When all of the interviews were done we stood in a line as we waited for them to announce who would be delegate. I stood there calmly waiting to congratulate whoever the winner was since it wasn’t going to be me. They started with the alternate. So it was clear who the delegate was going to be and I was perfectly content with that. Our auxiliary leader read out the name “and our delegate is going to be Margeaux Graham!” I was shocked; they said my name, not the name of my class mate, I couldn’t help but smile, it was completely unexpected. The other girls congratulated me while I was still slightly convinced that they had made some sort of mistake and gotten our names mixed up.
I received a packet of information in the mail that told me that the program would last nine days, from a Friday to a Saturday; this of course presented a problem because they said nothing about how we would be accommodated for Sunday worship. I immediately sent an email to which I got no response. The packet also said that I would have to attend an orientation, so I decided to ask whether or not I would be allowed to attend Mass at the orientation.
I learned there would be a “non-denominational, non-offensive” service offered to all of the girls. This immediately raised a red flag so I chose to approach the speaker to inquire what kind of arrangements could be made for Mass. As I approached a girl was already there asking a question so I stood and waited my turn while the Girls State representative very politely answered her. When it was my turn I asked her if there would be accommodations for Catholics to attend Mass. She replied with a very un-apologetic, “No.” I then told my mother and she approached to emphasize missing Mass was not an option, and was met with a very cold and unfriendly response. The representative made it quite clear that I would have to choose between attending Mass and Girls State.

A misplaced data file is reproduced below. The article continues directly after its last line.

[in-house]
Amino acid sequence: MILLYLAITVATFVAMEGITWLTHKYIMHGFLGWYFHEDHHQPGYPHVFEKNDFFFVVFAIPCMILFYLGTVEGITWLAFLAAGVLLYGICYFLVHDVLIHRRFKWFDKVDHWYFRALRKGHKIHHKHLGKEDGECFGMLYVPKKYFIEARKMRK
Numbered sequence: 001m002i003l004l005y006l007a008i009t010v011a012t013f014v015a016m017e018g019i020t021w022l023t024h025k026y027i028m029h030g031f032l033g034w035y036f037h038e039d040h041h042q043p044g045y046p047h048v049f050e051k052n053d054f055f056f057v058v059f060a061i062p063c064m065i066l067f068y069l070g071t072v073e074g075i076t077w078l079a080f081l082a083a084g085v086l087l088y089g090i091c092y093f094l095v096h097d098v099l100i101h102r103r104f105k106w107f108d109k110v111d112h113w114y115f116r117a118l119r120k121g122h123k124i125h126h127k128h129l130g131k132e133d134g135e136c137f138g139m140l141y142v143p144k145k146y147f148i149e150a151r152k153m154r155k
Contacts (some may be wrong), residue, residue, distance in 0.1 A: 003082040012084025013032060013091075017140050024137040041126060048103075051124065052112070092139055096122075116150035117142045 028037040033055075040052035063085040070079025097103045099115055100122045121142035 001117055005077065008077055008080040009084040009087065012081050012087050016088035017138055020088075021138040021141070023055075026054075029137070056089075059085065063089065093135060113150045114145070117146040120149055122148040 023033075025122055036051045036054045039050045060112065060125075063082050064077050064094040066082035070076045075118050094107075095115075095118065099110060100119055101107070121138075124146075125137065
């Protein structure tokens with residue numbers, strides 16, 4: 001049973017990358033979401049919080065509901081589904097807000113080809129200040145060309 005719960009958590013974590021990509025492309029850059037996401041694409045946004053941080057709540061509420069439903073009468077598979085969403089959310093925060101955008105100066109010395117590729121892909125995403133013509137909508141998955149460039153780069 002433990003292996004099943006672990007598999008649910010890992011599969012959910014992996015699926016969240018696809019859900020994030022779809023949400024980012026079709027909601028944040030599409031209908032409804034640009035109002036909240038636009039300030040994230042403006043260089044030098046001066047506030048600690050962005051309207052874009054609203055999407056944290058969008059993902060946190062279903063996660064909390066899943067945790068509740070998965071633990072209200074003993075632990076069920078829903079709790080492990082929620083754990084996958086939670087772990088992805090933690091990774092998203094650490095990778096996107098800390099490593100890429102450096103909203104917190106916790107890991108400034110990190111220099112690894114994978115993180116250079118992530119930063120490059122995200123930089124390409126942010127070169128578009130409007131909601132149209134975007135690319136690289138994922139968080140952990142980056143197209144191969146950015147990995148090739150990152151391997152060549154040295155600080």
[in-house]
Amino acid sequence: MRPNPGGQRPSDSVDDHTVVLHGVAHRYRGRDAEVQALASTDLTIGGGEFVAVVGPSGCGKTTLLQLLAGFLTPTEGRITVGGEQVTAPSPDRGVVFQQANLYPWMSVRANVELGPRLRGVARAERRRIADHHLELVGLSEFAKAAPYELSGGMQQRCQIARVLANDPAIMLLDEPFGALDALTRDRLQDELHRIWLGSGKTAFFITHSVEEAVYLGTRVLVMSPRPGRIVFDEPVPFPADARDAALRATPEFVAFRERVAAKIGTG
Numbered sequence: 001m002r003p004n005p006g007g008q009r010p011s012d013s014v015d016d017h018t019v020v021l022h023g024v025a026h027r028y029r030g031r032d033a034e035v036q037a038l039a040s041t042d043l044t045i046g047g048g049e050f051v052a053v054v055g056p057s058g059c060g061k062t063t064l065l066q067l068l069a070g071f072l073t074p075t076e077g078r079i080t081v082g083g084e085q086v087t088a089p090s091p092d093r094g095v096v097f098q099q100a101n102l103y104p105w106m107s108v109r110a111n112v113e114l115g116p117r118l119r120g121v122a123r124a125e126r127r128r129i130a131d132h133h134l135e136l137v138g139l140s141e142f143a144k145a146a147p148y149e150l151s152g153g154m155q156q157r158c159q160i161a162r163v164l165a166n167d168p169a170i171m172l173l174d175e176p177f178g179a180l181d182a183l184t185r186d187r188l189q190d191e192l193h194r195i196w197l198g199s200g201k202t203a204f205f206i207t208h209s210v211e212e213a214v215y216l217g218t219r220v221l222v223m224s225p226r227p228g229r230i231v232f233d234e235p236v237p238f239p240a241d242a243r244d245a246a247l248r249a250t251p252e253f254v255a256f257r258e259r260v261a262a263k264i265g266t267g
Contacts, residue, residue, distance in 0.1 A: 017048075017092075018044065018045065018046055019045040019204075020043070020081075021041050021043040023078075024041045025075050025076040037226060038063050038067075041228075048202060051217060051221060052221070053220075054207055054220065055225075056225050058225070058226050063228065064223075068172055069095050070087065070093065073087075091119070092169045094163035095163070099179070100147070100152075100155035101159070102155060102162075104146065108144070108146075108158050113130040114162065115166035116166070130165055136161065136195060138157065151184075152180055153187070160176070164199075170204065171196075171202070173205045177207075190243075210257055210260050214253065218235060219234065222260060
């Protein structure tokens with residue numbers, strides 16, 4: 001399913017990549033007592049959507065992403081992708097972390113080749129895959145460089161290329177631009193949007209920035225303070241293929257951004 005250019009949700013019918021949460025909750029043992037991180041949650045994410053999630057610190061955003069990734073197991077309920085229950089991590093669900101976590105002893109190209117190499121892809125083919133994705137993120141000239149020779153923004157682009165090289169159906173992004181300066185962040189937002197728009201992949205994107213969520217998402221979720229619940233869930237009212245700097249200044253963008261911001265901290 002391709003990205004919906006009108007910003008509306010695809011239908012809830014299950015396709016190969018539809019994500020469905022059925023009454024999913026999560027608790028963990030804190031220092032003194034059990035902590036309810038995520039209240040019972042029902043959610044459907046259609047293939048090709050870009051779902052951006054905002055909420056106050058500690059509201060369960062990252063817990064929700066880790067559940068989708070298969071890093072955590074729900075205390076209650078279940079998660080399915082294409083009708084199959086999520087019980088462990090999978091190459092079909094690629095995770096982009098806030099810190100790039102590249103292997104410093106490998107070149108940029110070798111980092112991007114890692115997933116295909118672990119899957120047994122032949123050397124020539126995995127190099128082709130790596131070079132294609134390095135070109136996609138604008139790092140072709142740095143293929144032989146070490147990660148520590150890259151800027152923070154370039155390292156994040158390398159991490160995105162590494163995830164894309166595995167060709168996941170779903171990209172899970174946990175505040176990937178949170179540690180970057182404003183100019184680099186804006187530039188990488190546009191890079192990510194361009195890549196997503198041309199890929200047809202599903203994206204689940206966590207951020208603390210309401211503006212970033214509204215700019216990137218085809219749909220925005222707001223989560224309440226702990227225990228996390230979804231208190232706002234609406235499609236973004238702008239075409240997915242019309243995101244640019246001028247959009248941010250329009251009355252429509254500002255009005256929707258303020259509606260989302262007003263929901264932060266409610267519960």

I was shocked and puzzled as to why they would not even discuss a solution to this issue. They were providing a non-denominational service but not making any move to accommodate other religions. I felt that this was discrimination.
We called our local post leader when we got home and informed him of the dilemma. He called the Girls State headquarters and offered to make the arrangements to have a priest brought in during their service and they told him that it was not allowed.
I regretfully typed a letter of resignation, sent it to whomever I thought should receive it, and explained what was wrong with this injustice and how I saw it as discrimination.
I wouldn’t miss Mass for the world, it is that important to me. I am grateful for the all of the people that have shown support towards the issue of honoring the gift of the Eucharist. I can only pray that this means others will have the courage to stand up for their faith and not let the secular society impede on religious practices, no matter what they are.
Another delegate has been appointed and Margeaux has no plans to attend at this time. If an invitation is again extended to her, she has said she will only accept if the other girl can still attend too. The 9-day conference begins June 15, 2012.
To read the coverage of Margeaux’s stand, see these articles at The American Catholic:
Image credit: iCLIPART